Artificial intelligence is everywhere, across every industry—from healthcare research to education to retail and everything in between.
And as AI becomes more pervasive, the public is becoming more used to, and even excited by, it. What used to sound futuristic and maybe even a tad scary is now commonplace, as general consumers grow accustomed to AI as voice assistants, job hunters and more. However, while businesses today are increasingly being expected to provide customers an experience where technology is embedded throughout, there are basic tenets of customer experience that can’t fall by the wayside—or else the business and its bottom line could suffer.
Many companies are turning to AI to cut costs and save time (ultimately, also saving resources). The technology is offloading mundane, routine tasks from the desks of professionals, bringing new ease to everything from hiring to troubleshooting customer issues. While AI is making the behind-the-scenes work at companies today function more efficiently, much of its work is public-facing: AI is communicating with your customers and clients as a chatbot or suggesting prompts and recommendations for how to interact with your business.
That’s a sharp about-face from the longstanding business given that an empathetic (human!) ear is the best way to listen to and interact with customers. And it’s a shift that companies today need to manage smartly.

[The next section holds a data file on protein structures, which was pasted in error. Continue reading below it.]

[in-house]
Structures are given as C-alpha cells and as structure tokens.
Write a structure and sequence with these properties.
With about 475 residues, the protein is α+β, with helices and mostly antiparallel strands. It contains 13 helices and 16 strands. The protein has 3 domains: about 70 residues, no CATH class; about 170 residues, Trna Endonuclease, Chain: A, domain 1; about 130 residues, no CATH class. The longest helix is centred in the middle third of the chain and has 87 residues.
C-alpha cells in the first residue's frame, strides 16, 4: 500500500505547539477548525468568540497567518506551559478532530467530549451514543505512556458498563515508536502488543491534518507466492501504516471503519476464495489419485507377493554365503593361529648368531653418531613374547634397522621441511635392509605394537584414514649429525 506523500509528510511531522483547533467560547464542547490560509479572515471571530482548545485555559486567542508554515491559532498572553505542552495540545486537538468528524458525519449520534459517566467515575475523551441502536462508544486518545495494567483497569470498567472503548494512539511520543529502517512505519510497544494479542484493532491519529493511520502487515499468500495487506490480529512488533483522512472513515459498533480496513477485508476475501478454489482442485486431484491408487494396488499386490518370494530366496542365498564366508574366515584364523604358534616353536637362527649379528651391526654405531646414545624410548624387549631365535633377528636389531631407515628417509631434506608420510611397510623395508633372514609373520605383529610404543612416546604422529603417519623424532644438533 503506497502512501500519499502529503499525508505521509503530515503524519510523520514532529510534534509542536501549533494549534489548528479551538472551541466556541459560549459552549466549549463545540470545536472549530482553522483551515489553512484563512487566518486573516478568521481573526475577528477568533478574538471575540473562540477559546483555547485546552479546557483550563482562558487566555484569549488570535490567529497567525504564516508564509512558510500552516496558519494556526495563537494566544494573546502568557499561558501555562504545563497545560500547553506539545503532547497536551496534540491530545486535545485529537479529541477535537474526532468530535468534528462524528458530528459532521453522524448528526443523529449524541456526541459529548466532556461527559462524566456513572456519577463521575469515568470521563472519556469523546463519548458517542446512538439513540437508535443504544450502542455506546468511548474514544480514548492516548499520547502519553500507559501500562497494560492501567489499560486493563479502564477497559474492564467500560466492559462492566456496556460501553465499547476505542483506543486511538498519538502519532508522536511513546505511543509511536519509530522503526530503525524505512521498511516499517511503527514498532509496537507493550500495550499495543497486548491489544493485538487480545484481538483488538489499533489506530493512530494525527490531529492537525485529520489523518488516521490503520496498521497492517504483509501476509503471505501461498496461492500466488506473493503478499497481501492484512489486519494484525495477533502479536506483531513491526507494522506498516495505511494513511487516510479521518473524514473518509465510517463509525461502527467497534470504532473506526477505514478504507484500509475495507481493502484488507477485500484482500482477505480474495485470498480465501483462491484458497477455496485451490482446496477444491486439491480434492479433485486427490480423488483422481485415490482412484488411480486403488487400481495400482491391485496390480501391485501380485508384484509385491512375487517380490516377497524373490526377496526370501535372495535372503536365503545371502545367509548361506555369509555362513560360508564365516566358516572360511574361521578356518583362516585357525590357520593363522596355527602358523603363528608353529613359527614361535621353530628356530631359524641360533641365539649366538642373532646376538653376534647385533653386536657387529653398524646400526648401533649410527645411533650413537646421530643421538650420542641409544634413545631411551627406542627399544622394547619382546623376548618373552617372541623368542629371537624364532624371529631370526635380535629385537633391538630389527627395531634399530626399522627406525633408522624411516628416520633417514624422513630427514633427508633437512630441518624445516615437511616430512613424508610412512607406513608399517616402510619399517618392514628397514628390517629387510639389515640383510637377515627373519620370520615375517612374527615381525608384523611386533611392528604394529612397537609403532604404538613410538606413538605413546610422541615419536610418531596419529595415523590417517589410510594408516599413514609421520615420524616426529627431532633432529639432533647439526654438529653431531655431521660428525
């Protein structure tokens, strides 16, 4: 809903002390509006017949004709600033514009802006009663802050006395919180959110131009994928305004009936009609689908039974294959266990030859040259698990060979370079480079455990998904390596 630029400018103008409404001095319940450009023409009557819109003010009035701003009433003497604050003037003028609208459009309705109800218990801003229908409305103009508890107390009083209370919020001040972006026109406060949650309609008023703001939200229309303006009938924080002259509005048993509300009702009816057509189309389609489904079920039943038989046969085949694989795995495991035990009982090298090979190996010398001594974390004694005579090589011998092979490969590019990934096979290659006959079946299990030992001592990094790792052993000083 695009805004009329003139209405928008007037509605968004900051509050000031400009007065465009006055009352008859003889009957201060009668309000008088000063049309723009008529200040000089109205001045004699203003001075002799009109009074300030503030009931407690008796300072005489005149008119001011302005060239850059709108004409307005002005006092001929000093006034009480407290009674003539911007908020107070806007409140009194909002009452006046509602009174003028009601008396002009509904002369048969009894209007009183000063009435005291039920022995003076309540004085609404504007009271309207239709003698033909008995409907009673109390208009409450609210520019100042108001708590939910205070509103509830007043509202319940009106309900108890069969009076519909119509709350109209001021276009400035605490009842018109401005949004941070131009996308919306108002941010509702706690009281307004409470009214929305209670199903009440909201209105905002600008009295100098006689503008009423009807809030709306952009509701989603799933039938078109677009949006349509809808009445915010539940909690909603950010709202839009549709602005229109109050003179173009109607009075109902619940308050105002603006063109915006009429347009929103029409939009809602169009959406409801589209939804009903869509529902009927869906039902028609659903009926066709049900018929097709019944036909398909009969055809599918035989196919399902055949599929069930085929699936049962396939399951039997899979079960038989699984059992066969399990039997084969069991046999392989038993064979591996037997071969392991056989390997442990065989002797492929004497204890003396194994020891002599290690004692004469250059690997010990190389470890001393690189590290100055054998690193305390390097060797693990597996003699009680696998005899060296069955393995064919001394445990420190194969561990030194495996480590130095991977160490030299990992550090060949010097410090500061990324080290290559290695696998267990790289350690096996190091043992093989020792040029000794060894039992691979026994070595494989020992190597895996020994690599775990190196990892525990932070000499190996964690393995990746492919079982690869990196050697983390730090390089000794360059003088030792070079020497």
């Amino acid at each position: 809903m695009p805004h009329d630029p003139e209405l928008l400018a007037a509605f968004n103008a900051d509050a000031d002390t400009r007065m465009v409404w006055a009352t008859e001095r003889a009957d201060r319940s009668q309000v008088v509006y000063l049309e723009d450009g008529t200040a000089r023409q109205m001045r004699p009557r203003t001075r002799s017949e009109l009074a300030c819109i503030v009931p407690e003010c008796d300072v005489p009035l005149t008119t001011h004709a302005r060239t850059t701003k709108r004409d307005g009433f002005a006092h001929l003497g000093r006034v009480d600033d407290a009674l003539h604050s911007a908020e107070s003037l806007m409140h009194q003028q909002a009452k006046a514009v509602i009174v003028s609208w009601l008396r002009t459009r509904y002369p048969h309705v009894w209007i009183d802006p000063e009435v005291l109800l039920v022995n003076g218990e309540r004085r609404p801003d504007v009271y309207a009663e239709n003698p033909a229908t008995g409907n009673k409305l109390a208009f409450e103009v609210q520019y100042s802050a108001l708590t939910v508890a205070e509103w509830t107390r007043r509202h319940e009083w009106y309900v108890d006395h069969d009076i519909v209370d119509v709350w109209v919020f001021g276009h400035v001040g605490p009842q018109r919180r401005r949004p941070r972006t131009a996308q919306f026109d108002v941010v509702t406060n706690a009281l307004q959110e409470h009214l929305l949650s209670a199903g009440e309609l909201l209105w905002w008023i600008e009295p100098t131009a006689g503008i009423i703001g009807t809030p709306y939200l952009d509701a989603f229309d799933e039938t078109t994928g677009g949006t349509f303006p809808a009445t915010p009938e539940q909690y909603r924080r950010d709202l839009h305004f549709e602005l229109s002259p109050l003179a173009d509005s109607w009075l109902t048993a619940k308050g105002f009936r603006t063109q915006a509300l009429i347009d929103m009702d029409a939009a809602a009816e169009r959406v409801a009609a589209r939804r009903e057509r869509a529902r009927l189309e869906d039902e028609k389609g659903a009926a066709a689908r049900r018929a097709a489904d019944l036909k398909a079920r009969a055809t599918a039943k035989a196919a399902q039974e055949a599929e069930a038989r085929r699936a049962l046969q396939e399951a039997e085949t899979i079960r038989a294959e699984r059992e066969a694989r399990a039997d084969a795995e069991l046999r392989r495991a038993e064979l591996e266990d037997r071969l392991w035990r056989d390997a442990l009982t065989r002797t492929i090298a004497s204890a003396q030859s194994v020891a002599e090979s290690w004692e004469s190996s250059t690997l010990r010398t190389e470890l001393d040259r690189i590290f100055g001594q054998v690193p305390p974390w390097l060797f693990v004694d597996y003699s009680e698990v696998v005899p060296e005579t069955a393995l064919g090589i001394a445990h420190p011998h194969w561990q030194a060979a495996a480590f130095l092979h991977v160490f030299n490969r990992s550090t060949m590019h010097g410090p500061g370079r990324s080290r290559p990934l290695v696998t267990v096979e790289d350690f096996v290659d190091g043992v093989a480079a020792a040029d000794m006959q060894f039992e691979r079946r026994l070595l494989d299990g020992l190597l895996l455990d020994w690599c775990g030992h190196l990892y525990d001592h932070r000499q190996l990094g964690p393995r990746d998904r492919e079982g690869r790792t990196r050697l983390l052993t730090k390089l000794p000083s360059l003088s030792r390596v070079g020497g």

AI can be an important tool to manage the customer experience—but it shouldn’t be the only tool. An AI-powered chatbot, for instance, can be a time-saver to answer customers’ initial, fact-based questions—but when more depth and nuance is needed to a conversation, humans have to be ready to jump in. And that equation should be replicated throughout an organization’s reliance on technology. Tech like AI can be an enabler of customer success—but it needs to be deployed alongside the human element that has always been the key to effective customer strategy.
Organizations everywhere are navigating what this new tech-human relationship looks like. It will certainly require training, flexibility and a commitment from business to do their due diligence to evaluate AI tools and guard against bias. And it means leaders have to have a willingness to experiment, revisit and reconsider strategy. After all, while artificial intelligence isn’t exactly the new kid on the block, it’s technology that is still rapidly developing—almost by the day! And that is making efforts to create a sound strategy for fusing human and tech talent somewhat of a moving target.
But it’s a target that business leaders today need to keep pursuing—because customers and employees alike both want and expect a tech-fueled experience. And now, it’s up to business leaders to reimagine what that looks like—an exciting, challenging and potential-filled opportunity!
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